Refugee Farmers Selling Grain to UN Agency

Self Help AfricaAgriculture & Nutrition, News, Uganda

farmer sells grains to UN

Refugee families in Uganda are earning an income by selling crops to the main UN agency that is feeding hundreds of thousands of displaced people in the country.

An innovative new Self Help Africa project is providing thousands of smallholder households, including 4,000 refugee families, with the opportunity to sell their corn (maize) and other crops to the country’s World Food Programme (WFP) mission.

The training focuses on quality control in the production and post harvest processing of corn, sorghum and beans. It is providing rural poor farmers with access to one of the country’s biggest buyers of the crops –WFP- who currently spend in excess of $40m annually on grain, in Uganda.

“The WFP applies a high standard to the food crops they will buy. Crops need to be free from pests and other contaminants, and be properly cleaned, dried and graded,” explains Uganda Director, Engorok Obin.

8,500 farming households in the west and northwest are participating in the new two-year project, which is part-funded by the UN. Within the region there are a total of 10 refugee settlements who are amongst an estimated 1.4m displaced migrants currently living in Uganda.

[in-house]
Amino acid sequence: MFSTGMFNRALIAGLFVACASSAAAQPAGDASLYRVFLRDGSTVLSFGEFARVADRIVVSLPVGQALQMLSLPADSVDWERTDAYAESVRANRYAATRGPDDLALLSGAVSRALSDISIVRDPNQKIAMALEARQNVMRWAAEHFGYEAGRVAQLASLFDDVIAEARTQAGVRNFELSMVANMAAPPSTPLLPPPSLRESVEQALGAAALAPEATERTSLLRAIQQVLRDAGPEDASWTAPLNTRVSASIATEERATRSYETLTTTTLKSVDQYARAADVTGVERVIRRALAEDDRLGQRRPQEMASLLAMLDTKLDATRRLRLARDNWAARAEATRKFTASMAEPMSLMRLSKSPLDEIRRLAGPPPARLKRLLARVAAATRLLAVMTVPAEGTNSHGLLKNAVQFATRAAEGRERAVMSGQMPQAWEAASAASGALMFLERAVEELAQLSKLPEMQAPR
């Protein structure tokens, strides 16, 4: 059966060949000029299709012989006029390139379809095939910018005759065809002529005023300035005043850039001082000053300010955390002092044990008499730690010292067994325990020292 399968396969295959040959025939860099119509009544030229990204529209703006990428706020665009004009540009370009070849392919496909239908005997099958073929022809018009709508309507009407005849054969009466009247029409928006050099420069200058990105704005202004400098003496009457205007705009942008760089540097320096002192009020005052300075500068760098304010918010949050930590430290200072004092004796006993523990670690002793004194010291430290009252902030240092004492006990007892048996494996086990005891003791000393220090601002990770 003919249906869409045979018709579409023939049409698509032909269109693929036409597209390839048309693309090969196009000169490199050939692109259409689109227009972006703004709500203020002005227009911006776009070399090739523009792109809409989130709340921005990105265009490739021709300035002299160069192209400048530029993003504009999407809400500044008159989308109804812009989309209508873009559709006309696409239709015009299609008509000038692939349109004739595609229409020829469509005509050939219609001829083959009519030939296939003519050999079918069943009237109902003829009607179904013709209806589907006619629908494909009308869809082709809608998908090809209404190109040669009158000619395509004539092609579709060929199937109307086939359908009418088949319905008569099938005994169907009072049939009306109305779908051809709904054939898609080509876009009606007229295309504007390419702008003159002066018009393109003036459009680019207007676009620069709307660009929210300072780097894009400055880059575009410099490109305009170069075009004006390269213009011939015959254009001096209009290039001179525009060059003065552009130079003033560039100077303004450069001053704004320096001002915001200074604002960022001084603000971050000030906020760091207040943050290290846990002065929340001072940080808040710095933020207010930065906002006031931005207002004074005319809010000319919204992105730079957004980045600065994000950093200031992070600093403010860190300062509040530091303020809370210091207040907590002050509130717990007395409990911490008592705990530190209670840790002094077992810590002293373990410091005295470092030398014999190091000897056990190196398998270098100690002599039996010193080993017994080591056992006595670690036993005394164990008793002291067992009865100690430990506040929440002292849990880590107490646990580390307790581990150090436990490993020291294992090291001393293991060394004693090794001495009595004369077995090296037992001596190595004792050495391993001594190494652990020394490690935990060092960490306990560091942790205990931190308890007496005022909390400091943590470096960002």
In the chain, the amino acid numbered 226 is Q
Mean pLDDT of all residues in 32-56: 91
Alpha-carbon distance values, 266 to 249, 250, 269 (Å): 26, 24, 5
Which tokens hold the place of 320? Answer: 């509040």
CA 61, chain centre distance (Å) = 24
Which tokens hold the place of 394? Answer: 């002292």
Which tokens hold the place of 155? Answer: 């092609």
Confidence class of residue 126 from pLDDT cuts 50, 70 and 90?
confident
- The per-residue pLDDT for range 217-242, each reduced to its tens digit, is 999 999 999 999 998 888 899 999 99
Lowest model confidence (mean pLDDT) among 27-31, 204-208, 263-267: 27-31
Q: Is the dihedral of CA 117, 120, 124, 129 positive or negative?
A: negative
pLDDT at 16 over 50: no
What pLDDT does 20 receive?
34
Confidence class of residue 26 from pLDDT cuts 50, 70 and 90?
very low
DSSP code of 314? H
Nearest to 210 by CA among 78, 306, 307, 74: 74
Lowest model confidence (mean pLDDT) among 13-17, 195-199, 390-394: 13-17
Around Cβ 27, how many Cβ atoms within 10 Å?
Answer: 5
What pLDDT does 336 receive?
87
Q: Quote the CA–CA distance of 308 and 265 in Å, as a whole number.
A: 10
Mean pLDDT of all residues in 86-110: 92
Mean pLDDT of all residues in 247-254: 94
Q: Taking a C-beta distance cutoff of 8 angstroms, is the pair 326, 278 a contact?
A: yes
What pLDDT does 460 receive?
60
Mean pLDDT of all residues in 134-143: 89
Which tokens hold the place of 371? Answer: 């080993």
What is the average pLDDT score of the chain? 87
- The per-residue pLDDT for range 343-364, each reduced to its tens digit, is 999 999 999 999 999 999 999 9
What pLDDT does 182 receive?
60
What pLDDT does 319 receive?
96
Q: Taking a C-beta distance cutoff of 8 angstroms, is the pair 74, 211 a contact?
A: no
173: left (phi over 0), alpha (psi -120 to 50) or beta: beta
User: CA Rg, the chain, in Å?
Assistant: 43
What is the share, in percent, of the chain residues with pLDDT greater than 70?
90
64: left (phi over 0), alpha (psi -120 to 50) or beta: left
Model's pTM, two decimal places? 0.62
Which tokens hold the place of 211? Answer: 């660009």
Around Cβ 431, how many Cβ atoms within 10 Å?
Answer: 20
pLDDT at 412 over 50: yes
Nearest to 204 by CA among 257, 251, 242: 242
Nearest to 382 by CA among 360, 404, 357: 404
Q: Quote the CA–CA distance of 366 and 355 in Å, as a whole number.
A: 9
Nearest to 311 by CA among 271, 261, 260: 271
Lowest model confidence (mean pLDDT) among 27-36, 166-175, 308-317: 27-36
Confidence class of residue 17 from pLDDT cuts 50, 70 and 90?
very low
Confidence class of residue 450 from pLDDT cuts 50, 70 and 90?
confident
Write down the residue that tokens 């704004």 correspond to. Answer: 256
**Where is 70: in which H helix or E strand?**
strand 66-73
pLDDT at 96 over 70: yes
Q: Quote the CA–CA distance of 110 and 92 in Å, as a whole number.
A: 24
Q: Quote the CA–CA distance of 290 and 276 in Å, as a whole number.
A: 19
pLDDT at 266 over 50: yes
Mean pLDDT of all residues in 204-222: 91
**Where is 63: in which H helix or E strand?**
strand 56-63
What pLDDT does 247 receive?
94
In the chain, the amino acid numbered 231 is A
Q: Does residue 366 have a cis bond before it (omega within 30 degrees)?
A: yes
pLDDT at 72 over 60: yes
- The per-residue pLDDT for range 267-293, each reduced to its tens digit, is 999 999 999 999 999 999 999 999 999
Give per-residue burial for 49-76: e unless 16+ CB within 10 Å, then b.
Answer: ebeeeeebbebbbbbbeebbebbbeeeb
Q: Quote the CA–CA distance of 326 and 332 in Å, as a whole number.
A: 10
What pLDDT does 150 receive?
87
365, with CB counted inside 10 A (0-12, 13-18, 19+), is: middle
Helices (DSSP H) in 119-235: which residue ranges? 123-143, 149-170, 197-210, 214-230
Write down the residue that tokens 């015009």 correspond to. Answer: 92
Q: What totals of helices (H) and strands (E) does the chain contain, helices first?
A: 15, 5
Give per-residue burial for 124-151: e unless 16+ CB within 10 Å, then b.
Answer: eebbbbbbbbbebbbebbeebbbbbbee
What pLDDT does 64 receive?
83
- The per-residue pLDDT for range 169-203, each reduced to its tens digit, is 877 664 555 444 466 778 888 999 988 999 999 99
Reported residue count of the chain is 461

Farmers are being trained in post-harvest handling, and are also provided with the opportunity to buy equipment, including clean tarpaulin sheets on which they can dry their crops at a subsidised price. They can also buy high grade grain sacks and hoppers at a reduced cost, so that harvested produce can remain free from contamination.

‘Drying maize on the ground, as happens traditionally, means that it can contain dirt and other contaminants,” Mr. Obin explains. “By supporting farmers to improve both their drying methods and storage we can also ensure that their crops will meet the required standard.”

There is a huge economic dividend to rural poor farming households from this work, as the WFP pays farmers well for good quality grain, and they also have an enormous and ongoing demand for food. The World Food Programme purchased $1.36 billion worth of food from farmers across 93 countries worldwide, in 2016.